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Book Excerpts: E.O. Wilson, Joan Maloof, Stewart Udall, Janisse Ray, Devra Davis
Excerpt from The Future of Life - by Alabama Native Edward O. Wilson
“I am a member of the other tribe – a lover of little things, a hunter also, but more the snuffling o’pposum than the questing panther. I think in millimeters and minutes, and am nowhere near patient as I prowl, having been spoiled forever by the richness of invertebrates and quick reward for little effort. Let me enter a tract of rich forest and I seldom walk more than a few hundred feet. I halt before the first promising rotten log I encounter. Kneeling, I roll it over, and always there is instant gratification from the little world hidden beneath. Rootlets and fungal strands pull apart, adhering flakes of bark fall back to the earth. The sweet damp musty scent of healthy soil rises like a perfume to the nostrils that love it.”
“Sycamore” – Excerpt from Teaching the Trees: Lessons from the Forest – by Joan Maloof
“I have been intimate with sycamore trees: my nose an inch from the bark, my arms wrapped around the trunk, my skinny schoolgirl legs stretching for the next branch. I am a climber of sycamore trees (Platanus occidentalis). The trees and I grew up together in the same suburban neighborhood. Standing atop a chain-link fence surrounding one of the half-acre lots was a good way to reach the first branch. After that it was all flexibility and daring until I dared to go no further and found a spot to rest … and look down. …
Years later, I was interested to read that another climber of sycamore trees is mentioned in the Bible. Luke 19 tells the story of Zaccheus, who climbed a sycamore tree because he was trying to “see who Jesus was.” It was the only way he could see over the throngs of people who had gathered to see Jesus as he passed through Jericho. When Jesus passed under the tree he looked up and saw Zaccheus there.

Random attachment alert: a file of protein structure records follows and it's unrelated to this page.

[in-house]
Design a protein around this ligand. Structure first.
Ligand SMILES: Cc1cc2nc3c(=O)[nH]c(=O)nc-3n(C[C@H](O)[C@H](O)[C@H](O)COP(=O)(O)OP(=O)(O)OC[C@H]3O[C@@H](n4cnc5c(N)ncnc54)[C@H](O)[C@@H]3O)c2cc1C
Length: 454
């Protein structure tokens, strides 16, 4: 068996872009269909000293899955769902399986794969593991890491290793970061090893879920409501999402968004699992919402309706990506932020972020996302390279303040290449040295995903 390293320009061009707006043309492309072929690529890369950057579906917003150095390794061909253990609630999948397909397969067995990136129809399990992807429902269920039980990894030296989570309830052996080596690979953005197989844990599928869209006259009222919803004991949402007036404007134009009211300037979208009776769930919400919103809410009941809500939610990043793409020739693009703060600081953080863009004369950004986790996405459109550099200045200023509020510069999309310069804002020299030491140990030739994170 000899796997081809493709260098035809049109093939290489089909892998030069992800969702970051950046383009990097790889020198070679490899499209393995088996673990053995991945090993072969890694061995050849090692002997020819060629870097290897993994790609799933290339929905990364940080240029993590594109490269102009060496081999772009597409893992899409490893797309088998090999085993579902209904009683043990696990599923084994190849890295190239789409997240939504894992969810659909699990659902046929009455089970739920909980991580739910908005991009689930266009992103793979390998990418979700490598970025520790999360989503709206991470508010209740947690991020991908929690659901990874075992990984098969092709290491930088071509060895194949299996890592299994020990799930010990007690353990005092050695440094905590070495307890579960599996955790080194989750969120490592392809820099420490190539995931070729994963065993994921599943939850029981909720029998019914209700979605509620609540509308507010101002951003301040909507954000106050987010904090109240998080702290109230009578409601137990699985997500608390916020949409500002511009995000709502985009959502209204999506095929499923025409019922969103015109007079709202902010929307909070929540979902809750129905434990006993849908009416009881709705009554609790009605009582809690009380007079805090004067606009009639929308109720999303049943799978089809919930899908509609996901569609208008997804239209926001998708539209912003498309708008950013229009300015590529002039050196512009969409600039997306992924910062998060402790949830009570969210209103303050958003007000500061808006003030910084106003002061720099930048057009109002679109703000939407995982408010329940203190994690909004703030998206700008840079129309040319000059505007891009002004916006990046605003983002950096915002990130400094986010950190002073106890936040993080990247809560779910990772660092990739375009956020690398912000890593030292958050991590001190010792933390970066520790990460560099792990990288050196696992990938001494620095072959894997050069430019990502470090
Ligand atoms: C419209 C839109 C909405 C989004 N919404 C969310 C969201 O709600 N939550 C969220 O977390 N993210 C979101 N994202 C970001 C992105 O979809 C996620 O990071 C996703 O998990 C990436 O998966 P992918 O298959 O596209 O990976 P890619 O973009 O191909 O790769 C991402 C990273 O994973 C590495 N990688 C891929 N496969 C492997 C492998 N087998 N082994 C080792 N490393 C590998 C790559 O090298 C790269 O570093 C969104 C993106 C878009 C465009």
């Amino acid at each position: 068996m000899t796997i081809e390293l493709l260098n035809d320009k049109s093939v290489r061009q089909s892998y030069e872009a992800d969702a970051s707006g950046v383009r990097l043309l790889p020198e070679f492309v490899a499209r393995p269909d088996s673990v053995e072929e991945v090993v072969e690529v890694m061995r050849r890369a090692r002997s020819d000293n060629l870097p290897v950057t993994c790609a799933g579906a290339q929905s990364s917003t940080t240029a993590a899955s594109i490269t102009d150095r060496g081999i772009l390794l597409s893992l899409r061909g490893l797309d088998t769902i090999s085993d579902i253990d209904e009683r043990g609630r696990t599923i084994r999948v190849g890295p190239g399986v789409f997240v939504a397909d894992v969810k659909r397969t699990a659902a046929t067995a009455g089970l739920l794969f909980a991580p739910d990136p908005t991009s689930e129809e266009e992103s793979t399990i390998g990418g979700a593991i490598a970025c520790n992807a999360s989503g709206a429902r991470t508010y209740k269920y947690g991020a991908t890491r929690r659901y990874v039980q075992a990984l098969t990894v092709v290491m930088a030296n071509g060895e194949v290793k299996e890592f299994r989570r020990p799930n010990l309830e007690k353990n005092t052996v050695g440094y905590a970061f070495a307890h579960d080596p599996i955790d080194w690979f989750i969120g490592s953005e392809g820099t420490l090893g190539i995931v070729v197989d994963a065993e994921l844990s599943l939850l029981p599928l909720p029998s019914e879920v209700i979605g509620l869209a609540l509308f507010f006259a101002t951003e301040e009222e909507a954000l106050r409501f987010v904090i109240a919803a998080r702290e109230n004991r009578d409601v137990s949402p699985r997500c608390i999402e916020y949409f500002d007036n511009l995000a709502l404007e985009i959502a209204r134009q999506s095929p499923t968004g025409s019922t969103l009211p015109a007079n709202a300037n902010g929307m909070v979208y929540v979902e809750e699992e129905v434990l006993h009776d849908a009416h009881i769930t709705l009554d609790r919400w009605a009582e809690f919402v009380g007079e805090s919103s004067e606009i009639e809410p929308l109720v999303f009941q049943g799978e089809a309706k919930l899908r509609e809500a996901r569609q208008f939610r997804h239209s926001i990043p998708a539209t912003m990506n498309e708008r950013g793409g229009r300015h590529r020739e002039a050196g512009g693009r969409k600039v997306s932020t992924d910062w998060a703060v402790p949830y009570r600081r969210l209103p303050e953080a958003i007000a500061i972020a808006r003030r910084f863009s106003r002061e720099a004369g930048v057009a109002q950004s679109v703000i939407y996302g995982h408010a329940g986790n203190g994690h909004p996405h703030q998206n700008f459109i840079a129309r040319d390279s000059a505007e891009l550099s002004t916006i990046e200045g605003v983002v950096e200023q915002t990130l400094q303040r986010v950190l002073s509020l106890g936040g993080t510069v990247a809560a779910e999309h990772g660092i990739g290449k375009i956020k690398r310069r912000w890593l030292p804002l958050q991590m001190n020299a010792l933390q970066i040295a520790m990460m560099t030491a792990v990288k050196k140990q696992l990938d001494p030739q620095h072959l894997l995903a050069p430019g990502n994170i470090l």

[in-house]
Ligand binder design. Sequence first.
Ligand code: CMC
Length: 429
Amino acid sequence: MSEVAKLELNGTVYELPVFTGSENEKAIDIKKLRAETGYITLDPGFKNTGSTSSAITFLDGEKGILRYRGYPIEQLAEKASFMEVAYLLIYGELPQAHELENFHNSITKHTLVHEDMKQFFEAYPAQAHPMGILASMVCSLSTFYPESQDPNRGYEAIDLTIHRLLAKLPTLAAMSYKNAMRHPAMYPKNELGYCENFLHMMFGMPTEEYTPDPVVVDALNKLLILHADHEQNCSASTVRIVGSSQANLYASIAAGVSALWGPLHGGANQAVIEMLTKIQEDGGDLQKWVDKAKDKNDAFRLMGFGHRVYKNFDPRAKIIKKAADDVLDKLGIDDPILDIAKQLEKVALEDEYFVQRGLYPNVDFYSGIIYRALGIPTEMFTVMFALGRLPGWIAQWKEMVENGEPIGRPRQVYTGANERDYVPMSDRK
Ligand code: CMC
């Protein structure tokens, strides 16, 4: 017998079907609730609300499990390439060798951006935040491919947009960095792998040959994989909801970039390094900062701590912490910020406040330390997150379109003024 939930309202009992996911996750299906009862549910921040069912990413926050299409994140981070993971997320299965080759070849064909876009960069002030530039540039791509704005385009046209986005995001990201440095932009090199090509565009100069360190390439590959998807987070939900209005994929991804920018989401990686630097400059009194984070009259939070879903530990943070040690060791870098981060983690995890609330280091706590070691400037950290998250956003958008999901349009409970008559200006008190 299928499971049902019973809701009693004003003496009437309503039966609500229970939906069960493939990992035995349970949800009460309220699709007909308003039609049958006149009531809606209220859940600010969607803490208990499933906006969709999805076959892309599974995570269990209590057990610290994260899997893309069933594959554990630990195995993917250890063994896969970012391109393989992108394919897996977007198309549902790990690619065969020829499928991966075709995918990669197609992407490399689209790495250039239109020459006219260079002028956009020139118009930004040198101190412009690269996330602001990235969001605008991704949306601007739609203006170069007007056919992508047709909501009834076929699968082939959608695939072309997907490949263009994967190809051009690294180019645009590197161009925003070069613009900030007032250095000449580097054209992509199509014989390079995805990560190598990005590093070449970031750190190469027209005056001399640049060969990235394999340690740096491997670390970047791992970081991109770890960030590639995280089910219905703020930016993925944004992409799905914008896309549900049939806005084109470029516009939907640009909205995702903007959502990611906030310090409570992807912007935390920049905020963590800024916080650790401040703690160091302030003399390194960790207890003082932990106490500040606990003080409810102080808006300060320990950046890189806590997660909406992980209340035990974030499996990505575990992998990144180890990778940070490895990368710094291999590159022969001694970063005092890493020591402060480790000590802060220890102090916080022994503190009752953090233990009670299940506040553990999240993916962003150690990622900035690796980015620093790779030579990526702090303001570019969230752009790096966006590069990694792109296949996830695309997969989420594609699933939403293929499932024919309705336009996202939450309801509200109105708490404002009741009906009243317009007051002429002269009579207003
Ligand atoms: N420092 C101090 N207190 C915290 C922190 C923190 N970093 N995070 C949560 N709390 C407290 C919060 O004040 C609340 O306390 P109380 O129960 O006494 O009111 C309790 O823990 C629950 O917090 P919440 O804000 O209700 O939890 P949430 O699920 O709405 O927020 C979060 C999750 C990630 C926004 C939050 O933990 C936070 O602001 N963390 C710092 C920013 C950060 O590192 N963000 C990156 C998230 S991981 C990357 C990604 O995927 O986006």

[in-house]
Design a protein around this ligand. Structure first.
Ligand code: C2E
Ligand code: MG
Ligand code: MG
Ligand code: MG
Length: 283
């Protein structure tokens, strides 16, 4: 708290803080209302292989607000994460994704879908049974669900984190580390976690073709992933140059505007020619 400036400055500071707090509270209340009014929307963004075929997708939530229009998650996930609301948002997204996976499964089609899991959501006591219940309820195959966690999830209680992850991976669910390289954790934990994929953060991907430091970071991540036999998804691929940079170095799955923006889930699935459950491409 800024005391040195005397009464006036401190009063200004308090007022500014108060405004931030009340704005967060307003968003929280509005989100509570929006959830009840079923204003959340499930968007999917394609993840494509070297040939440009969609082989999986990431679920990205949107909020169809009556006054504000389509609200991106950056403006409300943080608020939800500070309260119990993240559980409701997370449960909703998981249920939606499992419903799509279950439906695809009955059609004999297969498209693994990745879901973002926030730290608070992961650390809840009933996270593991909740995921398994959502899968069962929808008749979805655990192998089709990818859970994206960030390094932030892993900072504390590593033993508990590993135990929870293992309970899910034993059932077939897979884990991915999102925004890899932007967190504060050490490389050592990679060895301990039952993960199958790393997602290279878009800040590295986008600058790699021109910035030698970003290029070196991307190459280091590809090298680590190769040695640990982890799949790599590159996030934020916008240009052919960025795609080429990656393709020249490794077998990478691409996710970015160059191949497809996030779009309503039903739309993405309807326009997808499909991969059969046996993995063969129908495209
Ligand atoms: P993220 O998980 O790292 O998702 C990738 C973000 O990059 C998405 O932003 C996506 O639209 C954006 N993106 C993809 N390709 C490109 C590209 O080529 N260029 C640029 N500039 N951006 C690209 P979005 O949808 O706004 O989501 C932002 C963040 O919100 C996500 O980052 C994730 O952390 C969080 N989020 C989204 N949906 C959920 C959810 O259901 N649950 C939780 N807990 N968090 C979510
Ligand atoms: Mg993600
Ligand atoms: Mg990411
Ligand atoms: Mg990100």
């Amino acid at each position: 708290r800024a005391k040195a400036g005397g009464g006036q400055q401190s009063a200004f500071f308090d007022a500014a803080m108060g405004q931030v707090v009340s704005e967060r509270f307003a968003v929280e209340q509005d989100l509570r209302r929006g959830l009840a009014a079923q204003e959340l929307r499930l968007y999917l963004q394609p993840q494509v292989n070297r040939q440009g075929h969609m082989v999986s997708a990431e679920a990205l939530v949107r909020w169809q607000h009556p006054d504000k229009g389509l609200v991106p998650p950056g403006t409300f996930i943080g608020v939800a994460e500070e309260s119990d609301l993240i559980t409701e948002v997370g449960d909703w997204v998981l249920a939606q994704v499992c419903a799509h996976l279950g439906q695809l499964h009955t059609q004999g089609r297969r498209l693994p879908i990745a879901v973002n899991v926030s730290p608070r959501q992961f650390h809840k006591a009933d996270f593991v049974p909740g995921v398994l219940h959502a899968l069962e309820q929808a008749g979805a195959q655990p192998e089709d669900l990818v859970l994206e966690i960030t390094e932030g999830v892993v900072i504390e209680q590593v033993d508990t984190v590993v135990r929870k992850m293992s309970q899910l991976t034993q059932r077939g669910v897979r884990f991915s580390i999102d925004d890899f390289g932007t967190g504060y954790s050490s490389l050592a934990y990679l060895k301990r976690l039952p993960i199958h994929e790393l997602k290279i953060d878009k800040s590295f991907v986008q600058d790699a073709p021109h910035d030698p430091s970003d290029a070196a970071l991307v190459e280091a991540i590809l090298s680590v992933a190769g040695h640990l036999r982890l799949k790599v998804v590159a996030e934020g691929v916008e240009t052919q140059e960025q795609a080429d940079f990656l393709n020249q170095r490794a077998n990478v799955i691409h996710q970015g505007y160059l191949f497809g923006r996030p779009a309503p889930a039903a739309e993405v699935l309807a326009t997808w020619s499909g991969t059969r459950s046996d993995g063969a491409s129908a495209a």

“Hurry and come down,” Jesus said, “for today I must stay at your house.”
Although the species of sycamore in America is not the same one that grew in Jericho, I still like the story – I like the idea that Jesus had a fondness for tree climbers.”
Excerpt from The Quiet Crisis and the Next Generation by Stewart Udall
“The turning point of the fight came when Muir and President Theodore Roosevelt crossed paths in 1903. The two outdoorsmen camped under the sequoias of Mariposa Grove, rode horseback on the long trail to Glacier Point overlook, and talked late into the night around the fire. For once the ebullient Roosevelt met his match in conversation. Like all others who encountered Muir, Roosevelt was spellbound by the eloquence and enthusiasm of this bearded zealot who preached a mountain gospel with John the Baptist fervor. The mountaineer did nearly all the talking and the President listened, fascinated, while Muir denounced the damage being done in the Sierra by the loggers and the stockmen and expounded at length about nature and wilderness.
One night the two men rolled up in their blankets and went to sleep on the ground. Next morning they found themselves covered with four inches of snow, and when they rode down to the valley, the President rejoined his party shouting, “This has been the grandest day of my life! ”
“The Keystone” – Excerpt from Ecology of a Cracker Childhood - by Janisse Ray